Mike Gallagher, CMF Editorial Correspondent
Posted June 20, 2012
Many Arab Americans in Michigan share a deep passion and commitment to engaging in - and inspiring -strategic philanthropy as a way to build strong, vibrant communities, promote education and making a better, more compassionate and understanding world for the next generation.
That message echoed throughout a recent event entitled: “Arab American Giving: Diverse Voices Informing Philanthropy” jointly sponsored by the Council of Michigan Foundations (CMF) and The Center for Arab American Philanthropy (CAAP).
The occasion marked the inaugural launch of CMF’s “Listening Tour” events that are designed to engage -and forge alliances with - important ethnic- and identity-based community leaders committed to improving society through philanthropy. This initial tour – and future events now being planned - are part of CMF’s ongoing “Transforming Michigan Philanthropy Initiative” which has as a vision to be a catalyst for positive social change to transform communities throughout the state with a goal of increasing the effectiveness of organized philanthropy in Michigan.
More than two dozen Arab American leaders joined with CMF President/CEO Rob Collier and his staff for an evening of shared thoughts, aspirations and perspectives at the Arab Community Center for Economic and Social Services (ACCESS) in Dearborn.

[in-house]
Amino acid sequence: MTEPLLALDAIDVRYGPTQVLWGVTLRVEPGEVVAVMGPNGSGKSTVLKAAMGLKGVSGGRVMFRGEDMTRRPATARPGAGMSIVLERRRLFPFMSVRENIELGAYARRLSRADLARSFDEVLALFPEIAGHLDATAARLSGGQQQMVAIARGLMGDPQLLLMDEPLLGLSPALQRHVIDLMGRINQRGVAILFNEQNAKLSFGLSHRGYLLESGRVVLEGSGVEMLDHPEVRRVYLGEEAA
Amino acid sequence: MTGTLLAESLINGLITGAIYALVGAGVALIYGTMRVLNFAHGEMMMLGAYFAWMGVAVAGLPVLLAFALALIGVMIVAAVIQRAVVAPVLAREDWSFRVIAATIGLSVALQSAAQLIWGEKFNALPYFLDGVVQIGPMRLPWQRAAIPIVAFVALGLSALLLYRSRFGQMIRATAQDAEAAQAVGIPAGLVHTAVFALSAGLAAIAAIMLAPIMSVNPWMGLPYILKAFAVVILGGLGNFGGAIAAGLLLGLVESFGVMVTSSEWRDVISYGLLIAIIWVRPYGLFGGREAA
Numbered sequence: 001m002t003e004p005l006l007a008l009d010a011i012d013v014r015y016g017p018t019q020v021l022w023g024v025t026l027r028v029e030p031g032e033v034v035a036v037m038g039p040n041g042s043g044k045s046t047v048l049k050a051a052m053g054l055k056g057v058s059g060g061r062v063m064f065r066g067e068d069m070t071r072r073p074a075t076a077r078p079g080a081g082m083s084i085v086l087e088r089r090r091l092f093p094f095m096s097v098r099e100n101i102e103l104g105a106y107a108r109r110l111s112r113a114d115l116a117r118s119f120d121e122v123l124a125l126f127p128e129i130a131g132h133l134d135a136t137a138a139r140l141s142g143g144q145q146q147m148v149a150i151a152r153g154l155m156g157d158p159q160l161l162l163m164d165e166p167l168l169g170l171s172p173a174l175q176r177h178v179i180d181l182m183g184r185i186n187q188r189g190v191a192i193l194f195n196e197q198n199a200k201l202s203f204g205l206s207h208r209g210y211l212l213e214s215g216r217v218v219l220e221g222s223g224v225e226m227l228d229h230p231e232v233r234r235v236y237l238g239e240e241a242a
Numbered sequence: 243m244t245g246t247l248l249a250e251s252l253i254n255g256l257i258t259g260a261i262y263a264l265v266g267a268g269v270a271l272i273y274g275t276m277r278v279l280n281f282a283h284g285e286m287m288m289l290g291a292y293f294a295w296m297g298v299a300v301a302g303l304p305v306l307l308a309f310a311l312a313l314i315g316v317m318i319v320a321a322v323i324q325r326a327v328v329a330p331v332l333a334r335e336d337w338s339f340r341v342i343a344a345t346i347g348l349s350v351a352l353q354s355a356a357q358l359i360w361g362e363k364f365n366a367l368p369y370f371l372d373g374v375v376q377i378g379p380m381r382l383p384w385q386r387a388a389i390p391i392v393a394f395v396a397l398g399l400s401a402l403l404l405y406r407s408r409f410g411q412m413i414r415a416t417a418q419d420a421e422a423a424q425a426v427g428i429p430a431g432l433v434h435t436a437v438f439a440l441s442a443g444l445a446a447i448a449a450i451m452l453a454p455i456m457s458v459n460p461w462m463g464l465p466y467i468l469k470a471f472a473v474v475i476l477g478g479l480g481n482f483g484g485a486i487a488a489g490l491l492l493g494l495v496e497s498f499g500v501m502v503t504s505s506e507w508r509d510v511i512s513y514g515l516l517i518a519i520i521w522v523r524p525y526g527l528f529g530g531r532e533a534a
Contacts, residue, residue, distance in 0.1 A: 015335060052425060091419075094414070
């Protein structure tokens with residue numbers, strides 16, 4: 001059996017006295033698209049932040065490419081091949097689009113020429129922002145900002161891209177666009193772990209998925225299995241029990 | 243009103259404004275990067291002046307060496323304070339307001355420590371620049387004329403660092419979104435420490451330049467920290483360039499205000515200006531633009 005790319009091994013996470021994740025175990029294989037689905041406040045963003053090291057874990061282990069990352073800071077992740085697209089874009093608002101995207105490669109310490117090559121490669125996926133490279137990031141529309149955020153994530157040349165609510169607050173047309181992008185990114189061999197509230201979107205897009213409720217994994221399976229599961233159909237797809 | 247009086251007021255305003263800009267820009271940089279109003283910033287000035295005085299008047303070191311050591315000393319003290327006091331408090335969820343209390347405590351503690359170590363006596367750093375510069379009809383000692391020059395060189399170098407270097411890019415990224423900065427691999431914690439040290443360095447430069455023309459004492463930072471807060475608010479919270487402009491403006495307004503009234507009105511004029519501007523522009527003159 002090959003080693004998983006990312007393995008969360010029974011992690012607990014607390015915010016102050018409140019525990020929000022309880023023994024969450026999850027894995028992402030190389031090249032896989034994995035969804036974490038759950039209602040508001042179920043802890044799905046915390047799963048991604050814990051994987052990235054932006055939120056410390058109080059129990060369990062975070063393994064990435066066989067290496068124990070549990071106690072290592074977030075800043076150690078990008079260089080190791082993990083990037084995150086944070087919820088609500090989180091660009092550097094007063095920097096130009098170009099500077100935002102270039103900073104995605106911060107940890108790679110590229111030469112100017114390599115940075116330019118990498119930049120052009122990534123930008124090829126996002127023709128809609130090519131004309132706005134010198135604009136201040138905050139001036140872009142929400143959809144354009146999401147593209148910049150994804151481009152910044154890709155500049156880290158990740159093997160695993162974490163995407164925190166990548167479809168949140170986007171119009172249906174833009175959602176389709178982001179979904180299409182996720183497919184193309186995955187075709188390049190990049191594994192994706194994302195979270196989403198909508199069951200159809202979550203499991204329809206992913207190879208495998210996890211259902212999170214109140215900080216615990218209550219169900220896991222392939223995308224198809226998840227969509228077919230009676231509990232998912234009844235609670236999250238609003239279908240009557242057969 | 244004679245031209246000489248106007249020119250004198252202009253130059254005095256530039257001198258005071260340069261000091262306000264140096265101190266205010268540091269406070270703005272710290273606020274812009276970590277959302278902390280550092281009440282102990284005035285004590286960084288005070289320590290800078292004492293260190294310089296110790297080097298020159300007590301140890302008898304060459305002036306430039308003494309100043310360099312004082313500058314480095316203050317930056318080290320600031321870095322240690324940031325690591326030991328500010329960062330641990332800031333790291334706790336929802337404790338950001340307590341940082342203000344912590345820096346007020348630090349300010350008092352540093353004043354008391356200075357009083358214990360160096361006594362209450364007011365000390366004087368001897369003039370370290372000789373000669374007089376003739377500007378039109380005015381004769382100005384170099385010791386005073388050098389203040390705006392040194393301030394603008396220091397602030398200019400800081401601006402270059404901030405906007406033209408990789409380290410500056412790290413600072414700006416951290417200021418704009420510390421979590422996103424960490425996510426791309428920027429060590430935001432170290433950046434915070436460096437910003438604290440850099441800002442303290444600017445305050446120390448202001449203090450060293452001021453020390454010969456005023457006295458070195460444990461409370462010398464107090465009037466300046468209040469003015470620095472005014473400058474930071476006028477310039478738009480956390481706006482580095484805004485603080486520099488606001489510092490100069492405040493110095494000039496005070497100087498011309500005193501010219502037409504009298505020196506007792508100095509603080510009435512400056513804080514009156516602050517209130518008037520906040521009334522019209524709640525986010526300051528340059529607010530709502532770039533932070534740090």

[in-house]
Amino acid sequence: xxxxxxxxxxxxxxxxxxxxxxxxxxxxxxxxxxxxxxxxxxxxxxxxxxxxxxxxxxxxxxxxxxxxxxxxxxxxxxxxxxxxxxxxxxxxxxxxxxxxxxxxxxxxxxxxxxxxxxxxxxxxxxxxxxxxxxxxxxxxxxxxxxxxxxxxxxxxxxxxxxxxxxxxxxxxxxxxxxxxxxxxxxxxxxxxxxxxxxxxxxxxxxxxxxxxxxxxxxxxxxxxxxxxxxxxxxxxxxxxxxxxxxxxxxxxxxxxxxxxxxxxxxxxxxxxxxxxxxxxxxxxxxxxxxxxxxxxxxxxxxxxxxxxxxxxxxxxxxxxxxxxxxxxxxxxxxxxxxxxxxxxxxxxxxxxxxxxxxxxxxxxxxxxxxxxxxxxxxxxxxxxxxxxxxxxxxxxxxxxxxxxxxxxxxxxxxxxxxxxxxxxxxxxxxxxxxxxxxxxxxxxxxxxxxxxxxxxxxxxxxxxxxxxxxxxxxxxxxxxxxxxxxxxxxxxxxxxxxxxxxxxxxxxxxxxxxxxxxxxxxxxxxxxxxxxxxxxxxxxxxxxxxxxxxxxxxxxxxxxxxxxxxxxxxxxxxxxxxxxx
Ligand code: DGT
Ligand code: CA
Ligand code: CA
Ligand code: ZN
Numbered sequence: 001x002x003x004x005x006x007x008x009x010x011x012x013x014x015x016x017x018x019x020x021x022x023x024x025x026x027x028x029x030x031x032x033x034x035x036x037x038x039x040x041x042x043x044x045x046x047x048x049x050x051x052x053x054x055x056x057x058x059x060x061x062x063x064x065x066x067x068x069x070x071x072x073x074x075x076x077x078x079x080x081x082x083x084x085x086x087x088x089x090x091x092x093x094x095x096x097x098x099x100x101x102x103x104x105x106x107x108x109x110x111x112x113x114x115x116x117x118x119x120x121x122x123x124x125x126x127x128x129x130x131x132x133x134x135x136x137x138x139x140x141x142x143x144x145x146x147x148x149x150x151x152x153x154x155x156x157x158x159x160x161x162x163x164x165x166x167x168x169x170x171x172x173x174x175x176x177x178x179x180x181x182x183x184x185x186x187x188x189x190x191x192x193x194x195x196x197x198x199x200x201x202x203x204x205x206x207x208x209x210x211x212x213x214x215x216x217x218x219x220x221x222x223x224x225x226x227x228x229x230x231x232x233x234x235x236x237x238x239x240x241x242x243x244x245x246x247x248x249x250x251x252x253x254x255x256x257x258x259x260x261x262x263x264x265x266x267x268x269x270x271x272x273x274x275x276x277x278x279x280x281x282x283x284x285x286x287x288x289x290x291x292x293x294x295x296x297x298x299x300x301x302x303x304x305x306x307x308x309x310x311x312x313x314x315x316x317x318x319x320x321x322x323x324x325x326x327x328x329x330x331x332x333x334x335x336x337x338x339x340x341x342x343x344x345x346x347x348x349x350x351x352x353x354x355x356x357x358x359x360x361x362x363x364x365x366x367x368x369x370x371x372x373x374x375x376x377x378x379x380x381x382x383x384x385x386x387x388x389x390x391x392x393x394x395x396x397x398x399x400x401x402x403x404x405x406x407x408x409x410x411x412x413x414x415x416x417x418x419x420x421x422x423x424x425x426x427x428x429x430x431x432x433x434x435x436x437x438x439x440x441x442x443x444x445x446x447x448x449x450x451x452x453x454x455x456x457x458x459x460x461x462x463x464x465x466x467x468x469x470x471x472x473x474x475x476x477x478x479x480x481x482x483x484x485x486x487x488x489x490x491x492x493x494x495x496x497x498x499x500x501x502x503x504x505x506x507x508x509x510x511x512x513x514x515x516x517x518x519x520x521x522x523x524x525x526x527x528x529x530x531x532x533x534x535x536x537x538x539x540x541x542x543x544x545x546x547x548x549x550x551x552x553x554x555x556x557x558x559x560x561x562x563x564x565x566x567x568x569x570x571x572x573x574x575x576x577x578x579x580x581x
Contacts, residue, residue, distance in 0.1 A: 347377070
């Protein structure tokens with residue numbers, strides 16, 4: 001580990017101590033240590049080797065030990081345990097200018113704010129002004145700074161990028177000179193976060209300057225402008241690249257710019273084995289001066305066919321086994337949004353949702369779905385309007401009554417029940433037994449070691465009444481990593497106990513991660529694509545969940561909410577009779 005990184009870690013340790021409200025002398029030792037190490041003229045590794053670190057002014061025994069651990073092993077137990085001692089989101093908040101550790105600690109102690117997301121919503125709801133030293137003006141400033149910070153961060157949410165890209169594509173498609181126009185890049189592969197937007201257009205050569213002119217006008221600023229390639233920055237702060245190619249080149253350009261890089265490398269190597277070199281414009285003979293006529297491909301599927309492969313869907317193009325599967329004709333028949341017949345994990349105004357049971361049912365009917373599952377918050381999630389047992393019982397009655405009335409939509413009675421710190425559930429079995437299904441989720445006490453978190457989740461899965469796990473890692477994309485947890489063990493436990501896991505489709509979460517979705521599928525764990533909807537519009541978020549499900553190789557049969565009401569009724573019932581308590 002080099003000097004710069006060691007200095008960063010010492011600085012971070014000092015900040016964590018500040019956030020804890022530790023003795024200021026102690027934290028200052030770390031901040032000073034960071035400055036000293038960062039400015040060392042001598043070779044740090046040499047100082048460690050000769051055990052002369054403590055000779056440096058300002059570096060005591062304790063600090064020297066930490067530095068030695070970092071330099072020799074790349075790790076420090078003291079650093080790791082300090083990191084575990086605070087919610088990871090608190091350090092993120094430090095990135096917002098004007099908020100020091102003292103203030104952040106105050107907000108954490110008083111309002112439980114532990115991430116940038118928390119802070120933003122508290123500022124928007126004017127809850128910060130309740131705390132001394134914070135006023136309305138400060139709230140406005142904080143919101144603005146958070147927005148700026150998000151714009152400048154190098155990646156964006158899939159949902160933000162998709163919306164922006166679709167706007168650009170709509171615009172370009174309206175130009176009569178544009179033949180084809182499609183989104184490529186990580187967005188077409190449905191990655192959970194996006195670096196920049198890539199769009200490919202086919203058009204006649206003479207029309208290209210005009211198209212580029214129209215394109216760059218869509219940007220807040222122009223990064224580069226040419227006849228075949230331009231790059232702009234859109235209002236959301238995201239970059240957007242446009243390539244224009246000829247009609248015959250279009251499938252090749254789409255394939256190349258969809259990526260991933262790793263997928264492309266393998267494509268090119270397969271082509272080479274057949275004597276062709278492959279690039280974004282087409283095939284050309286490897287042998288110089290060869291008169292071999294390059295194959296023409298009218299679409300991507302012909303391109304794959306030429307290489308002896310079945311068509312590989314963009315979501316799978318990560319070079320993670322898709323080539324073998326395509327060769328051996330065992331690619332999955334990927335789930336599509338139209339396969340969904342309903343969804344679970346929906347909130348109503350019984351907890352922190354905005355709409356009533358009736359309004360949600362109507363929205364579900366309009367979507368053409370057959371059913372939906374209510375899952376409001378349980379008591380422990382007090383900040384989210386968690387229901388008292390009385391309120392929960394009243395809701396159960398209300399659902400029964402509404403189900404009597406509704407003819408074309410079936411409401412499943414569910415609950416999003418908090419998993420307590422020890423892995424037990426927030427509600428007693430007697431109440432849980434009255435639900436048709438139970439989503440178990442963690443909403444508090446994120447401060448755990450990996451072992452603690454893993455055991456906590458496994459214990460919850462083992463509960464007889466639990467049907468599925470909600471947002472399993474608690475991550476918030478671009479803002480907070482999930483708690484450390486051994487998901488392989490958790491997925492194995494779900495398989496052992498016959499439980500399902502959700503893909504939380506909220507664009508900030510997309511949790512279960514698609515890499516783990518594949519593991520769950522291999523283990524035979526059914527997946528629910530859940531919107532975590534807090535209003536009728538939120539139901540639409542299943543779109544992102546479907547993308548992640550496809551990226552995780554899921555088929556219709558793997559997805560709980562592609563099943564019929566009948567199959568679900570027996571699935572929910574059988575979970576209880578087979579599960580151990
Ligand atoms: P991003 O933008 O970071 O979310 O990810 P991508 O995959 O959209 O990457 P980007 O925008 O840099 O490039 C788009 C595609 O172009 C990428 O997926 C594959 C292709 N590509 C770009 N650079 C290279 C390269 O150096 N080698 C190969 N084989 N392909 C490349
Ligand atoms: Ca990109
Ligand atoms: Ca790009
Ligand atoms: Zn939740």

Calling the gathering “a wonderful opportunity to let our voices and dreams be heard and learn more about how we can better partner with CMF so we may truly make a difference,” Maha Freij, deputy director /CFO of ACCESS, embraced the evening that included a strolling dinner of delectable Arab cuisine and stimulating conversations.
Freij explained that CAAP – launched in 2006 – promotes, facilitates and celebrates Arab American giving through education, training and donor outreach and services.
“We are the only philanthropic service provider in the country, founded and operated by Arab American professionals, that provides services that are customized to meet the needs of our donor community,” Freij noted. “We are proud that CAAP is the only program harnessing the collective power of Arab American giving and knowledge to strengthen the voice of our community in American civil society.”
Collier said CAAP is an important member and voice within the CMF family as it is building on the legacy of giving within the Arab American community.
“That voice is shaping the future of our society through the collective power of its philanthropy while empowering the community to be change makers for the betterment of all society,” he noted.
Freij returned the compliment, saying, “We are so thankful and honored to partner with CMF so that we may bring our voices to the table as Arab Americans, especially at this important time in our nation’s history. We all prefer to be totally engaged and CMF allows us to do that.”
Event attendees joined in one of two focus group sessions to share their individual thoughts with a dual goal of helping CMF understand the unique perspective of Arab American philanthropists while also learning how CMF could help enhance their philanthropic work both in Michigan and nationally.